Georgia – A former Georgia Democratic political candidate and prospective politician has been convicted of defrauding the federal government of Paycheck Protection Program (PPP) funds, a damage that reportedly exceeds $7 million. The COVID-19 Fraud Enforcement Task Force started the investigation into Shelitha Robertson, currently an attorney, following a suspicion of Robertson’s fraudulent activities. The U.S. Department of Justice confirmed in a press release that the suspect was officially convicted earlier this month.
So, what exactly prosecutors learned?
Last week, a federal court in Georgia found a lawyer and ex-police officer guilty of fraud to get over $7 million in Paycheck Protection Program (PPP) loans. Shelitha Robertson, 62, from Georgia, was involved in applying for these loans for her four businesses. The applications she made for these funds were not correct, showing more employees and higher pay than there really were, which meant she got more money than she should have.
Robertson, with another person, also used fake tax papers to back up these lies in the loan applications. She spent this money on luxury lifestyle like a very expensive diamond ring worth $148,000, bough herself a Rolls Royce, a motorbike, and gave some of the many to her closest family and the person who helped her.
The court decided she was guilty of planning to commit wire fraud, doing wire fraud three times, and money laundering once. Robertson could get up to 20 years in jail for each wire fraud charge and up to 10 years for money laundering. Her sentencing is planned for April 11, 2024. The judge will look at the guidelines and laws to decide her punishment.
Robertson is the second defendant to be convicted as part of the Justice Department’s prosecution of an approximately $15 million PPP fraud conspiracy. Robertson’s co-conspirator pleaded guilty prior to trial.
Trial Attorney Ariel Glasner of the Criminal Division’s Fraud Section and Assistant U.S. Attorney Bernita Malloy for the Northern District of Georgia are prosecuting the case.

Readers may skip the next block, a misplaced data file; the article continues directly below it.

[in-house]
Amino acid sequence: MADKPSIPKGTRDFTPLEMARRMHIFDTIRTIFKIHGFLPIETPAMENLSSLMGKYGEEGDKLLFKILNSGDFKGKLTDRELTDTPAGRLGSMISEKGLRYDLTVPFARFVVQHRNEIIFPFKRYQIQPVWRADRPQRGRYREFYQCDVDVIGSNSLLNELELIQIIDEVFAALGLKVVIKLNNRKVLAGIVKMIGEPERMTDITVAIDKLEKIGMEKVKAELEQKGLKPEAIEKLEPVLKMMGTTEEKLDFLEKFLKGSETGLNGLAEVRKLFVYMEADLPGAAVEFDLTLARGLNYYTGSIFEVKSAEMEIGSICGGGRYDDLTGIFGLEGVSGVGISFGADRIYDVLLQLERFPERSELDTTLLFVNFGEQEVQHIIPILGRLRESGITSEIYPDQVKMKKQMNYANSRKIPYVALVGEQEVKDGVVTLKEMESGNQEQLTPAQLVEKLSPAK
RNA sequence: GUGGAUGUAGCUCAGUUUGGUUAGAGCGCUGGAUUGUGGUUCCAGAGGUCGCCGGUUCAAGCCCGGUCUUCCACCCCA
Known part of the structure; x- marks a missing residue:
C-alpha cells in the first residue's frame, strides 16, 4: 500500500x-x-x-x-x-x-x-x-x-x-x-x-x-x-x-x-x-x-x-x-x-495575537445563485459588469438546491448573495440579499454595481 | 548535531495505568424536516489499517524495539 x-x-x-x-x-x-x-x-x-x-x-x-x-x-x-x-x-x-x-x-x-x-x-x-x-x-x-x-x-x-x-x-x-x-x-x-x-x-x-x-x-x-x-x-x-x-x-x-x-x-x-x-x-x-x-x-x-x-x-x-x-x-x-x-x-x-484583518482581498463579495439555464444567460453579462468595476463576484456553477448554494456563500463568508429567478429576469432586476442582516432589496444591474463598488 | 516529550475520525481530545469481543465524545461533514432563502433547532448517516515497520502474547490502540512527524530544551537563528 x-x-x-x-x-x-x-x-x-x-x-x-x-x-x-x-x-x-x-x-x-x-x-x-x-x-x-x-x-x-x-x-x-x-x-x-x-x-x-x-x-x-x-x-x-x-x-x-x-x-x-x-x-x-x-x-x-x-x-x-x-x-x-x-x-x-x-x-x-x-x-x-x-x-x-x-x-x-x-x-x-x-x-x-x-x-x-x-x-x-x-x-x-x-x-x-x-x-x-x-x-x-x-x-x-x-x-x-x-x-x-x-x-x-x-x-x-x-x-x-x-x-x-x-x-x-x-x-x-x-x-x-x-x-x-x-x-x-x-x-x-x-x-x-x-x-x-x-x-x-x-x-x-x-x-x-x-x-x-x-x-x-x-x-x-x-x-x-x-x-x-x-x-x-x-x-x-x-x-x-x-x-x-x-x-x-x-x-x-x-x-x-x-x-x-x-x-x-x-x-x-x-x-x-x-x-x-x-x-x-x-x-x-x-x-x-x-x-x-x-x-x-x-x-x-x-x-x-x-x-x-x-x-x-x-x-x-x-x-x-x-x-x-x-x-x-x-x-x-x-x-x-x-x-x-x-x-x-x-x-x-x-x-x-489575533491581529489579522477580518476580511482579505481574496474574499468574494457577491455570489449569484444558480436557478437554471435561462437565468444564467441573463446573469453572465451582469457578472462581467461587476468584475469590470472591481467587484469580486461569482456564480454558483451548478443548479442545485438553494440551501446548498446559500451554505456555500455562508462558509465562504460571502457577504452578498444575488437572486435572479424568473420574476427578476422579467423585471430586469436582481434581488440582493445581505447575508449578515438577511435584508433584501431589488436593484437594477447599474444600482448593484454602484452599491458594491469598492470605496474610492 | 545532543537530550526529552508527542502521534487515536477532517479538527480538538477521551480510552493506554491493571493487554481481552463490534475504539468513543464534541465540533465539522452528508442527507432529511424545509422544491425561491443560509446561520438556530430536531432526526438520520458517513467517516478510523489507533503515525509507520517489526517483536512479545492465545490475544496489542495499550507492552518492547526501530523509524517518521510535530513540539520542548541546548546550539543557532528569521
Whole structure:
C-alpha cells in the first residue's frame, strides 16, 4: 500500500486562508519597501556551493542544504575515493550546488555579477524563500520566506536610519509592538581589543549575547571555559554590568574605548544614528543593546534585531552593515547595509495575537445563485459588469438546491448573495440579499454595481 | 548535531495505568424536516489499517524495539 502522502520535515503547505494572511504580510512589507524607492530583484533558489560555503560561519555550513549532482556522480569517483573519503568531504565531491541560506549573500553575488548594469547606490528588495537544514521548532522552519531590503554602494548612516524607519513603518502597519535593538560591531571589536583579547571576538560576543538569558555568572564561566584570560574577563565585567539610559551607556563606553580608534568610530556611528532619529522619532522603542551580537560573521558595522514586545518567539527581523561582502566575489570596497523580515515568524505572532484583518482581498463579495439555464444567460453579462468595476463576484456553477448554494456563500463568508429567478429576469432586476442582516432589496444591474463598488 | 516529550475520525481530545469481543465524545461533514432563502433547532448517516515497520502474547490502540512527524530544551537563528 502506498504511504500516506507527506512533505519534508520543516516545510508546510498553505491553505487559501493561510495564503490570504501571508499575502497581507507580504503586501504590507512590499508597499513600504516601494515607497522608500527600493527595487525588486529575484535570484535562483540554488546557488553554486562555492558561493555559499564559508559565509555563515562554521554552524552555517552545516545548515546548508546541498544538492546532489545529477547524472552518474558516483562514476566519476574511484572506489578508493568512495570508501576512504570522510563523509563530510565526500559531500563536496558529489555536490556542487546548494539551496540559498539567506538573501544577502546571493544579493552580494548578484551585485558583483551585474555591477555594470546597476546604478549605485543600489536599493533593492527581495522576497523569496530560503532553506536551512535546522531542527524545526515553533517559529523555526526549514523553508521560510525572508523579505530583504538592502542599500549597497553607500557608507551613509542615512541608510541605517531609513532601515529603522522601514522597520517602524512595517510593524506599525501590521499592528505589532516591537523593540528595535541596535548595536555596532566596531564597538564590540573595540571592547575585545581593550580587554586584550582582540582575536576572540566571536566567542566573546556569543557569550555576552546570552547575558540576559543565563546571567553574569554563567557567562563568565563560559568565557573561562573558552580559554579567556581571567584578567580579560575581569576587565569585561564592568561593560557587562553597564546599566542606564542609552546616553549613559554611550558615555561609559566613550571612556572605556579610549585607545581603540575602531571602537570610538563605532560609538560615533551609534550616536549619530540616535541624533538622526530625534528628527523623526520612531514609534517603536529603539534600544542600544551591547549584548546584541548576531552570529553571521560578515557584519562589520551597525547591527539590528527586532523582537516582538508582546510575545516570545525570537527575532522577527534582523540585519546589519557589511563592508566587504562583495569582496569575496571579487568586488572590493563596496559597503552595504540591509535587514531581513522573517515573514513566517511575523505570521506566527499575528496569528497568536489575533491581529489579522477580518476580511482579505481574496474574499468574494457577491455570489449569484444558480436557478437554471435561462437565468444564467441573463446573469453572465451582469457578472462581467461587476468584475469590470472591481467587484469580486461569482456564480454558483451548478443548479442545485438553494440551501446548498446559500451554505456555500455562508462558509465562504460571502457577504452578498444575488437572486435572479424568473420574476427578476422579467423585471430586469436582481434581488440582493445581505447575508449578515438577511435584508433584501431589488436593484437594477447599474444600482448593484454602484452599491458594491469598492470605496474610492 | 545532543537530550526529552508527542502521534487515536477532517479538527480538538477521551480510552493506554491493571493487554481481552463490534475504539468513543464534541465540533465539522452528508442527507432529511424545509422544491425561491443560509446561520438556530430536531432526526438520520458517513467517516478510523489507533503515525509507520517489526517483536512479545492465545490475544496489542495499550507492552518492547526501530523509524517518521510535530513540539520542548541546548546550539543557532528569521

The Criminal Division’s Fraud Section is in charge of dealing with scams that misuse the Paycheck Protection Program (PPP). Since the CARES Act started, they have taken legal action against more than 200 people in over 130 cases. They’ve also grabbed more than $78 million gotten from PPP funds through fraud. This includes a lot of cash, houses, and expensive things bought with this money. For more details, you can visit their website at www.justice.gov/criminal-fraud/ppp-fraud.
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In May 2021, the Attorney General set up the COVID-19 Fraud Enforcement Task Force. This team combines the Justice Department’s efforts with other government agencies to fight and stop fraud related to the pandemic. The task force focuses on finding and prosecuting the worst criminals, both in the U.S. and abroad, who are involved in these scams. It also helps agencies managing relief programs to prevent fraud. They do this by improving existing ways of working together, finding new methods to spot fraudsters and their tricks, and using information from past law enforcement actions.
For more information on the department’s response to the pandemic, please visit www.justice.gov/coronavirus.
Anyone with information about allegations of attempted fraud involving COVID-19 can report it by calling the Department of Justice’s National Center for Disaster Fraud (NCDF) Hotline via the NCDF Web Complaint Form at www.justice.gov/disaster-fraud/ncdf-disaster-complaint-form.